Louis Pas­carel­la

Louis Pas­carel­la is tak­ing con­trol as CEO of Gur­net Point Cap­i­tal-owned In­no­coll, suc­ceed­ing Rich Fante, who came on board as chief com­mer­cial of­fi­cer in 2015 and rose to the top spot in March 2019. A Janssen mar­ket­ing vet, Pas­carel­la makes the move to In­no­coll af­ter three years as an ex­ec at No­vo Nordisk, cul­mi­nat­ing in his time lead­ing US com­mer­cial op­er­a­tions.

James Frates

→ We now know where James Frates has land­ed af­ter his time was up at Alk­er­mes, and it’s at Amy­lyx as their new CFO. Join­ing a com­pa­ny fo­cused on ALS among oth­er neu­rode­gen­er­a­tive dis­eases is per­son­al for Frates, whose late cousin Pe­te Frates was in­stru­men­tal be­hind the ALS Ice Buck­et Chal­lenge. Frates had been the CFO at Alk­er­mes since 1998 be­fore be­ing re­placed by Iain Brown last week.

Ri­ta Jain

→ Ex-Ake­bia Ther­a­peu­tics CMO Ri­ta Jain is tak­ing on the same role at Im­muno­vant, the au­toim­mune dis­ease-fo­cused com­pa­ny in Vivek Ra­maswamy’s sta­ble of Vants that boast­ed pos­i­tive proof-of-con­cept da­ta last March in its thy­roid eye dis­ease study. Be­fore her two years at Ake­bia, Jain was Ab­b­Vie’s VP of men’s and women’s health and meta­bol­ic de­vel­op­ment, as well as VP, phar­ma­ceu­ti­cal de­vel­op­ment for Ab­bott Lab­o­ra­to­ries.

→ Backed by Fra­zier Health­care Part­ners with one of the first IPOs of 2020, Cal­i­for­nia der­ma­tol­ogy biotech Ar­cutis Bio­ther­a­peu­tics has pegged Matthew Moore to be CBO. Moore was with For­est Lab­o­ra­to­ries, then Ac­tavis, then Al­ler­gan af­ter the 2015 Ac­tavis merg­er, serv­ing as Al­ler­gan’s VP, cor­po­rate busi­ness de­vel­op­ment the last four years.

Abid Ansari

→ Here’s a fol­low-up on Abid Ansari’s next move af­ter de­cid­ing to step away from Pre­ci­sion Bio­Sciences a month ago: He’s now the CFO at Ar­tios Phar­ma, the can­cer-fo­cused biotech out of the UK backed by Pfiz­er and No­var­tis. Ansari, who had been CFO at Pre­ci­sion Bio­Sciences since 2016, was in­volved in deal fi­nance and port­fo­lio man­age­ment with GSK from 2011-16. And be­fore join­ing the Big Phar­ma, he spent five years at Med­Im­mune.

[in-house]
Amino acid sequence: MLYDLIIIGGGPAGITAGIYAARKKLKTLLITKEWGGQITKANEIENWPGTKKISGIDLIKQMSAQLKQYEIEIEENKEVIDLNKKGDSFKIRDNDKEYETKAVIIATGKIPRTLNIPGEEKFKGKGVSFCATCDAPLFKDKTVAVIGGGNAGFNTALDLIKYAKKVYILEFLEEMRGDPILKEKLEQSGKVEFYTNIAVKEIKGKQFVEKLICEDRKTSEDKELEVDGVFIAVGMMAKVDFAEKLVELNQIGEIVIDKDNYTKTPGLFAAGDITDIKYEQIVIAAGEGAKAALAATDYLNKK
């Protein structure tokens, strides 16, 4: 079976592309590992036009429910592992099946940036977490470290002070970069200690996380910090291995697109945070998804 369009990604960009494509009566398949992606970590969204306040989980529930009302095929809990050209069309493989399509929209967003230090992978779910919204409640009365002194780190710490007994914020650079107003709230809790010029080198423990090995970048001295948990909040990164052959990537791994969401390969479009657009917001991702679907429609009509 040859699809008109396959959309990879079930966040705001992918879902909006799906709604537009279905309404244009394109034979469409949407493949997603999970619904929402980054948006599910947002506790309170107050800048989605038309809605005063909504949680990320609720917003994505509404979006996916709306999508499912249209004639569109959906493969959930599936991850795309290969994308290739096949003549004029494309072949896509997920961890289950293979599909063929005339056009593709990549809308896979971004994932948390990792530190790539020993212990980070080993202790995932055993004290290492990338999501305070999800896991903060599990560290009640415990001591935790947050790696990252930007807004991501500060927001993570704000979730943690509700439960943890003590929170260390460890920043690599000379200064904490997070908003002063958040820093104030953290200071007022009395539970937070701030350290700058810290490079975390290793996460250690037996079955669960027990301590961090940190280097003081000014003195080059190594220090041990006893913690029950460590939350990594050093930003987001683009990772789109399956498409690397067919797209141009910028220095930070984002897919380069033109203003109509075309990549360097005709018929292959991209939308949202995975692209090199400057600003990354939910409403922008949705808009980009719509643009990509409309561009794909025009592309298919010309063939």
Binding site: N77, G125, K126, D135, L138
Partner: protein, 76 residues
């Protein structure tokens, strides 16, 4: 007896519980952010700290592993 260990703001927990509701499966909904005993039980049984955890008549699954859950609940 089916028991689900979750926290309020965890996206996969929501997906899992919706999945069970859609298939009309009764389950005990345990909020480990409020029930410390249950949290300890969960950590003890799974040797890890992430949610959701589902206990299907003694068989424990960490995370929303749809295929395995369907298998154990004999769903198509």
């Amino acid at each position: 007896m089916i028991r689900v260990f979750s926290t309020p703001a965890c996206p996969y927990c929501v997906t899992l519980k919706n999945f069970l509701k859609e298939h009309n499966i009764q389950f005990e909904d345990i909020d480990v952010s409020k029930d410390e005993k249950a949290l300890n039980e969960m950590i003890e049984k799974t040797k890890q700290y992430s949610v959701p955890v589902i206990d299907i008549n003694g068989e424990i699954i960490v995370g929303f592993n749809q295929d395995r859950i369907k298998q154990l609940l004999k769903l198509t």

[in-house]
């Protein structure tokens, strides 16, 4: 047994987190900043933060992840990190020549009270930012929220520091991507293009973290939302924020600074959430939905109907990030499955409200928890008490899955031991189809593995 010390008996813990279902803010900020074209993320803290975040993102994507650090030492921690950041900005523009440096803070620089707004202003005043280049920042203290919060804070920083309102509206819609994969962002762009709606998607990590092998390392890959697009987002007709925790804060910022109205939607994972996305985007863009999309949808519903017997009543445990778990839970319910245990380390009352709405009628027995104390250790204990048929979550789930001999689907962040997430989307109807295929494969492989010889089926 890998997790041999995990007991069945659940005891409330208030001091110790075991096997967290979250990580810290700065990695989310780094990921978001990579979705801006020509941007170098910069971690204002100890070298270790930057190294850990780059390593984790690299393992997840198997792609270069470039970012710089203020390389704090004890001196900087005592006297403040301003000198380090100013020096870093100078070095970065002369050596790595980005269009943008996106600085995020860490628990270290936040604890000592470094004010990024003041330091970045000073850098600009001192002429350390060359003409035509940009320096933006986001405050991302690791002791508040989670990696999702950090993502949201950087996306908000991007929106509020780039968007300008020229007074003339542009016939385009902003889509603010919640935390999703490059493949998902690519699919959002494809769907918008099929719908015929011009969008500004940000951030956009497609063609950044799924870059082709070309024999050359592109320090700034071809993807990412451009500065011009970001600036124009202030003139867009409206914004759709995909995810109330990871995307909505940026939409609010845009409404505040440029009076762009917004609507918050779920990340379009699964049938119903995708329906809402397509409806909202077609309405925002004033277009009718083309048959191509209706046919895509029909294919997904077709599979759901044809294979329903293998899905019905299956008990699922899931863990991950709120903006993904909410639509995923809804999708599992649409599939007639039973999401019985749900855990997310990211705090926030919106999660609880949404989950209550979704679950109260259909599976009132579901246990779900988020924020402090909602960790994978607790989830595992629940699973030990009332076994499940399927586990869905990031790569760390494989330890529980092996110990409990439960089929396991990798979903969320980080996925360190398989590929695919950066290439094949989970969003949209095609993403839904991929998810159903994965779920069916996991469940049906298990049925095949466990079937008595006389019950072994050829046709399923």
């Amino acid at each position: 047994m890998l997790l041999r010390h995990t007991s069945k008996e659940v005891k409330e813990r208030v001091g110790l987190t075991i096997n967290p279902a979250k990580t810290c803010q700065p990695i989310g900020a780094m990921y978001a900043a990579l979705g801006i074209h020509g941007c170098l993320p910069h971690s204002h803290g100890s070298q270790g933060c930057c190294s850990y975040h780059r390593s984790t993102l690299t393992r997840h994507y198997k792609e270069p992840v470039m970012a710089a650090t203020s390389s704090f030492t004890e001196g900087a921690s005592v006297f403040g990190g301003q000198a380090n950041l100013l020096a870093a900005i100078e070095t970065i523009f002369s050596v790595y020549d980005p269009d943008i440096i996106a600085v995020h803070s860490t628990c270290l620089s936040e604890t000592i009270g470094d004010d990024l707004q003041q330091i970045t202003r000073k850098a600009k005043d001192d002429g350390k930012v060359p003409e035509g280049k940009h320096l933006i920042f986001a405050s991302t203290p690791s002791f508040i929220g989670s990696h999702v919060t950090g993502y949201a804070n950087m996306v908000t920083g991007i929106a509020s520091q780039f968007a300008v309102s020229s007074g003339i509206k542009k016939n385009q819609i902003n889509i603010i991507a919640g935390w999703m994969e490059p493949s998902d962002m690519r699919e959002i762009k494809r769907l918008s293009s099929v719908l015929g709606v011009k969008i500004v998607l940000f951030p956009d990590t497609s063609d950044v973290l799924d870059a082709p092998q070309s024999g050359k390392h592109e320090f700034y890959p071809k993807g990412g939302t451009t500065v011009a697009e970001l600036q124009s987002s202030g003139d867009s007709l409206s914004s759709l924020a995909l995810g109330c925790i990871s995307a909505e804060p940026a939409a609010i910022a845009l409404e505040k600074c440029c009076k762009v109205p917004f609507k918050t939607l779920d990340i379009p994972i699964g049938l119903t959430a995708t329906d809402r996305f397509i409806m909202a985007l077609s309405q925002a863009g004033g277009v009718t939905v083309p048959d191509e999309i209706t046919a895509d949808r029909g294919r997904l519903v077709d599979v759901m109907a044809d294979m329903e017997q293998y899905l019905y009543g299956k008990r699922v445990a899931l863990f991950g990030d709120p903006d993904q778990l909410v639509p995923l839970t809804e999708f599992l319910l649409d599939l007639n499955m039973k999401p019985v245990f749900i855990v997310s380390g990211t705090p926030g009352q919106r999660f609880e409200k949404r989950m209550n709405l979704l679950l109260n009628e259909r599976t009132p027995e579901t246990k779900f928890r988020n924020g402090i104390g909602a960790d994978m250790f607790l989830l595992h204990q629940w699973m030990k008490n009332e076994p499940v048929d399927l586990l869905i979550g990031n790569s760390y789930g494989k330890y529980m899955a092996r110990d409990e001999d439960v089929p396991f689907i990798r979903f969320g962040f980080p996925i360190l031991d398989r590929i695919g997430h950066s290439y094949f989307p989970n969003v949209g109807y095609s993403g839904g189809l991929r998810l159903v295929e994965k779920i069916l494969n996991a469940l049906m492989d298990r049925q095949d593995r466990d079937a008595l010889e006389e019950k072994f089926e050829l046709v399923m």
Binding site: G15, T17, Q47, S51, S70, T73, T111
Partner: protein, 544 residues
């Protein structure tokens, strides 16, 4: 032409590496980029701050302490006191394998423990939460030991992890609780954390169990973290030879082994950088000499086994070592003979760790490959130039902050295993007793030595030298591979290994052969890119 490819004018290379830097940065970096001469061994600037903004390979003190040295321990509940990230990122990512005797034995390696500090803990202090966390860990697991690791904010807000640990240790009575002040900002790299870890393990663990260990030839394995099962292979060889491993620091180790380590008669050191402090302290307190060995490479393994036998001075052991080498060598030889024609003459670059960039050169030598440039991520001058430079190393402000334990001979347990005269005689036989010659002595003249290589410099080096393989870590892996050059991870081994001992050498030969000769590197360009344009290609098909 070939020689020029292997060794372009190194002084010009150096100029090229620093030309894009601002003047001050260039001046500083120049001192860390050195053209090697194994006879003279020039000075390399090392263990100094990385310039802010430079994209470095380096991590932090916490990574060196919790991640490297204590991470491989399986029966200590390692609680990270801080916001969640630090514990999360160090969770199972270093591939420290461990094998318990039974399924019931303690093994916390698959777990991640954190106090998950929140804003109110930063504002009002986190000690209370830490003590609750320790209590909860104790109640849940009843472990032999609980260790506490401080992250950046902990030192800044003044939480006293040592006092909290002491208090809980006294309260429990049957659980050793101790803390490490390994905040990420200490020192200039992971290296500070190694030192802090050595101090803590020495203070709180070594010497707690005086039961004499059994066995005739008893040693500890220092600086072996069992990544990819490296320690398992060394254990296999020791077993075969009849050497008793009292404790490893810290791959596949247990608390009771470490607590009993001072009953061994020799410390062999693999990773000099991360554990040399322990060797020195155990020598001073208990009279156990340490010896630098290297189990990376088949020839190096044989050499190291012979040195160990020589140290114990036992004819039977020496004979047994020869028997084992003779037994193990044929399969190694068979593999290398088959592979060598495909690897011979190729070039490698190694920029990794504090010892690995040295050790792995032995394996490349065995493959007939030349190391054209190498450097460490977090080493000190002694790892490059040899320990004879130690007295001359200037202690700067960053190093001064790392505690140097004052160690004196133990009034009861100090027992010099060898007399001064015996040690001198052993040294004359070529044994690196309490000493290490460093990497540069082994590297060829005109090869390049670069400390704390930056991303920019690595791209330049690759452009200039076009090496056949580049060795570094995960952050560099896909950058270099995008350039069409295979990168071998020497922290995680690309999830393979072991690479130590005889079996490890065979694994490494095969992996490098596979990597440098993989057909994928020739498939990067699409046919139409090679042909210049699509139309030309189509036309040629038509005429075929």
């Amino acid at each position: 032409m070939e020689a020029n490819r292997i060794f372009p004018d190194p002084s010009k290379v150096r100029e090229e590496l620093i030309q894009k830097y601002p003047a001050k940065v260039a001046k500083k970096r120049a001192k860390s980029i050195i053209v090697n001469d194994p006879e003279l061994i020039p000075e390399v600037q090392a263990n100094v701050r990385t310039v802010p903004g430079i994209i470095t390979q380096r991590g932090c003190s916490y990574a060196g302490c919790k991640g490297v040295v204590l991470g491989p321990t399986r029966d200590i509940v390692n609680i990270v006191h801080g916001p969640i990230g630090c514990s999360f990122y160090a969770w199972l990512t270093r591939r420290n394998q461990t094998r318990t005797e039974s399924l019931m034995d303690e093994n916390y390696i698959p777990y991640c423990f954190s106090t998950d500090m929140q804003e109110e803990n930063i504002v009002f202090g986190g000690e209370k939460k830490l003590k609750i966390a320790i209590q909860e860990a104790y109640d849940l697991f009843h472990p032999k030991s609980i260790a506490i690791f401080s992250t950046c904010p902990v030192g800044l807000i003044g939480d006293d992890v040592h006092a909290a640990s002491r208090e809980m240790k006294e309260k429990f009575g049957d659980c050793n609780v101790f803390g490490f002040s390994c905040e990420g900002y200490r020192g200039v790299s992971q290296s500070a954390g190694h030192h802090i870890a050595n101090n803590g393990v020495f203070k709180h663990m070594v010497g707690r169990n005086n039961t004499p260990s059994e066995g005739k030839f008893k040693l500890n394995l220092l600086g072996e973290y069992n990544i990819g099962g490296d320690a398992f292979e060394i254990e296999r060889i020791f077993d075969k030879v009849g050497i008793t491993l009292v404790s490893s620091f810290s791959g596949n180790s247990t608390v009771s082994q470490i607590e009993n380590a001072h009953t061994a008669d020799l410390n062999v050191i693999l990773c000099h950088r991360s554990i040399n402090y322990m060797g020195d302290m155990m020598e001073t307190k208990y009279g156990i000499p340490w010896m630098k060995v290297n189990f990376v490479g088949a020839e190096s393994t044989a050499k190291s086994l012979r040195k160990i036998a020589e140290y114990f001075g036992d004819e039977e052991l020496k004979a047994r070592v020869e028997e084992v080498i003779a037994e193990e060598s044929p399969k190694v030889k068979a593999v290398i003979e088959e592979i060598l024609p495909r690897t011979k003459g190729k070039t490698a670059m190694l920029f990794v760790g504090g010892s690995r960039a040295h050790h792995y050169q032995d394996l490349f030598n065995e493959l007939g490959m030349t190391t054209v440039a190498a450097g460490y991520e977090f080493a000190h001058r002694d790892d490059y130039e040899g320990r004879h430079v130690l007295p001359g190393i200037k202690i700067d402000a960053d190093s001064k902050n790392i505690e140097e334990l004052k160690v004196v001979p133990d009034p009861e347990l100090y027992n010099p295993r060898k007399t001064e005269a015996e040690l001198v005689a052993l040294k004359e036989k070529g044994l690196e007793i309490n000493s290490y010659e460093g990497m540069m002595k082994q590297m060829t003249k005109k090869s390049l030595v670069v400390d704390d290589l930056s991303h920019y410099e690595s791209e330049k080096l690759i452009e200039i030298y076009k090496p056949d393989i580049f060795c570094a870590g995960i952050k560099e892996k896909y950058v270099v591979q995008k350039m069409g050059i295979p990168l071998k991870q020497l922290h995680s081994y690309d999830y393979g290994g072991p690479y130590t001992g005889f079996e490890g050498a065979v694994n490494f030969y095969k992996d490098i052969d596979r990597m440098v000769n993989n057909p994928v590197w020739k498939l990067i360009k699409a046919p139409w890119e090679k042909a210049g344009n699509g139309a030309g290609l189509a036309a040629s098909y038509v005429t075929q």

→ It didn’t take long for Bryan Laf­fitte to earn a pro­mo­tion at San Diego RNA-fo­cused biotech DTx Phar­ma. Just this past Ju­ly, Laf­fitte took on the role of VP, bi­ol­o­gy; now he’s been bumped up to CSO. The ex-VP of bi­ol­o­gy at In­cep­tion Ther­a­peu­tics, Laf­fitte was di­rec­tor of re­gen­er­a­tive med­i­cine for the Ge­nomics In­sti­tute of the No­var­tis Re­search Foun­da­tion.

Er­ic Mos­brook­er

→ Autism-fo­cused Cog­noa out of Pa­lo Al­to has brought on Er­ic Mos­brook­er as COO. Be­fore his move to Cog­noa, which re­ceived a break­through des­ig­na­tion from the FDA for its dig­i­tal autism di­ag­nos­tic, Mos­brook­er was chief com­mer­cial of­fi­cer at a be­lea­guered Au­dentes that just weeks ago saw the FDA lift a hold on its gene ther­a­py AT132. Mos­brook­er is al­so a Jazz Phar­ma­ceu­ti­cals and Hori­zon Ther­a­peu­tics alum.

→ Fos­ter City, CA-based Mirum, which scooped up two of Shire’s liv­er dis­ease drugs af­ter launch­ing in No­vem­ber 2018, has made Alex­ey Ku­ta­hov gen­er­al man­ag­er of EMEA (Eu­rope, Mid­dle East and Africa). Ku­ta­hov re­cent­ly left Sarep­ta — hit­ting tur­bu­lence both with the FDA and with their da­ta re­vealed last week for their Duchenne mus­cu­lar dy­s­tro­phy gene ther­a­py — as their gen­er­al man­ag­er of Eu­rope. He has al­so been head of mar­ket ac­cess in­no­va­tion at Am­gen and head of cen­tral Eu­ro­pean mar­ket ac­cess at No­var­tis.

Jared Freed­berg

→ It’s a tu­mul­tuous time at In­ter­cept fol­low­ing last year’s NASH re­jec­tion at the FDA and de­part­ing CEO Mark Pruzan­s­ki’s salty words for the agency. This week the biotech has se­lect­ed a new gen­er­al coun­sel and sec­re­tary in 15-year Co­v­ance vet Jared Freed­berg. He comes off two years as gen­er­al coun­sel and sec­re­tary at Im­munomedics, and pri­or to that, he was Mallinck­rodt’s gen­er­al coun­sel, spe­cial­ty gener­ics op­er­at­ing di­vi­sion and VP, busi­ness de­vel­op­ment and li­cens­ing.

→ Is­rael-based MeMed has named Troy Boutelle as VP of com­mer­cial, North Amer­i­ca and gen­er­al man­ag­er, US. Boutelle’s pre­vi­ous ex­pe­ri­ence in­cludes roles at Eu­rofins-Vira­cor and Ther­mo Fish­er Sci­en­tif­ic.

→ France’s Trans­gene has pro­mot­ed Gaëlle Stadtler to the po­si­tion of di­rec­tor of hu­man re­sources. Stadtler joined the com­pa­ny as head of hu­man re­sources and in­ter­nal com­mu­ni­ca­tions in 2018. Pri­or to that, Stadtler served in roles at L&L Prod­ucts and Mars Inc.

→ UK-based Ax­ol Bio­science has made the ad­di­tions of Ross Wheat­croft as glob­al strate­gic ac­counts man­ag­er and Kim­ber­ly La­Pointe as glob­al head of prod­uct man­age­ment to its lead­er­ship team. Wheat­croft hails from Ab­cam, where he was com­mer­cial de­vel­op­ment man­ag­er, while La­Pointe comes from BBI So­lu­tions.